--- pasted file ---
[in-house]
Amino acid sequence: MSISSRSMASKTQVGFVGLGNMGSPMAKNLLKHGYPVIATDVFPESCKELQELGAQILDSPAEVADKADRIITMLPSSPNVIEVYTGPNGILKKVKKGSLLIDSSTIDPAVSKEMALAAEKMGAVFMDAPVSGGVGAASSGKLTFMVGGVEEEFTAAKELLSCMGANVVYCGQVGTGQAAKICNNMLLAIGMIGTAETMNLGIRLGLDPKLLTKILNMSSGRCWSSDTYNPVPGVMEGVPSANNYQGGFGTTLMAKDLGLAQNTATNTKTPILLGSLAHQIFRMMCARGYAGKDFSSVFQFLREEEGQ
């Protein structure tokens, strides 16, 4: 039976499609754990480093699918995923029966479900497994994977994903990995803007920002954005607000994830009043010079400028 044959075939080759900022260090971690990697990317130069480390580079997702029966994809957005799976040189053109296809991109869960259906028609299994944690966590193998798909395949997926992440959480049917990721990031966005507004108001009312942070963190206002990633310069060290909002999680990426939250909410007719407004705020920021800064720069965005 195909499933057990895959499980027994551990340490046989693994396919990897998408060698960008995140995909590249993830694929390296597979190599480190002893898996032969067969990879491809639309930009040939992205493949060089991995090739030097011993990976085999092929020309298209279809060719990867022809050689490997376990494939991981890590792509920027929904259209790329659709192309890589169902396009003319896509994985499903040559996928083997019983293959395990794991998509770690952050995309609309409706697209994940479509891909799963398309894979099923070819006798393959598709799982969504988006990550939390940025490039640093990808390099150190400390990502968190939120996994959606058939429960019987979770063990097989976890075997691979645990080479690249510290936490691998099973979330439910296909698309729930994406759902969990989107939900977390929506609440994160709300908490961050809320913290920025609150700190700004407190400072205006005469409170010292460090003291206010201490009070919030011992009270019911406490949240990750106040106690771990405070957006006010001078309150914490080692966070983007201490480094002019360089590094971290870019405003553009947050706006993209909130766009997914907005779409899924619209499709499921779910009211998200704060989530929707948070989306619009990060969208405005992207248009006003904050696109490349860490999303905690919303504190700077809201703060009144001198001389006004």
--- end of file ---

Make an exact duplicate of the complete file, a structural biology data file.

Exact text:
[in-house]
Amino acid sequence: MSISSRSMASKTQVGFVGLGNMGSPMAKNLLKHGYPVIATDVFPESCKELQELGAQILDSPAEVADKADRIITMLPSSPNVIEVYTGPNGILKKVKKGSLLIDSSTIDPAVSKEMALAAEKMGAVFMDAPVSGGVGAASSGKLTFMVGGVEEEFTAAKELLSCMGANVVYCGQVGTGQAAKICNNMLLAIGMIGTAETMNLGIRLGLDPKLLTKILNMSSGRCWSSDTYNPVPGVMEGVPSANNYQGGFGTTLMAKDLGLAQNTATNTKTPILLGSLAHQIFRMMCARGYAGKDFSSVFQFLREEEGQ
């Protein structure tokens, strides 16, 4: 039976499609754990480093699918995923029966479900497994994977994903990995803007920002954005607000994830009043010079400028 044959075939080759900022260090971690990697990317130069480390580079997702029966994809957005799976040189053109296809991109869960259906028609299994944690966590193998798909395949997926992440959480049917990721990031966005507004108001009312942070963190206002990633310069060290909002999680990426939250909410007719407004705020920021800064720069965005 195909499933057990895959499980027994551990340490046989693994396919990897998408060698960008995140995909590249993830694929390296597979190599480190002893898996032969067969990879491809639309930009040939992205493949060089991995090739030097011993990976085999092929020309298209279809060719990867022809050689490997376990494939991981890590792509920027929904259209790329659709192309890589169902396009003319896509994985499903040559996928083997019983293959395990794991998509770690952050995309609309409706697209994940479509891909799963398309894979099923070819006798393959598709799982969504988006990550939390940025490039640093990808390099150190400390990502968190939120996994959606058939429960019987979770063990097989976890075997691979645990080479690249510290936490691998099973979330439910296909698309729930994406759902969990989107939900977390929506609440994160709300908490961050809320913290920025609150700190700004407190400072205006005469409170010292460090003291206010201490009070919030011992009270019911406490949240990750106040106690771990405070957006006010001078309150914490080692966070983007201490480094002019360089590094971290870019405003553009947050706006993209909130766009997914907005779409899924619209499709499921779910009211998200704060989530929707948070989306619009990060969208405005992207248009006003904050696109490349860490999303905690919303504190700077809201703060009144001198001389006004």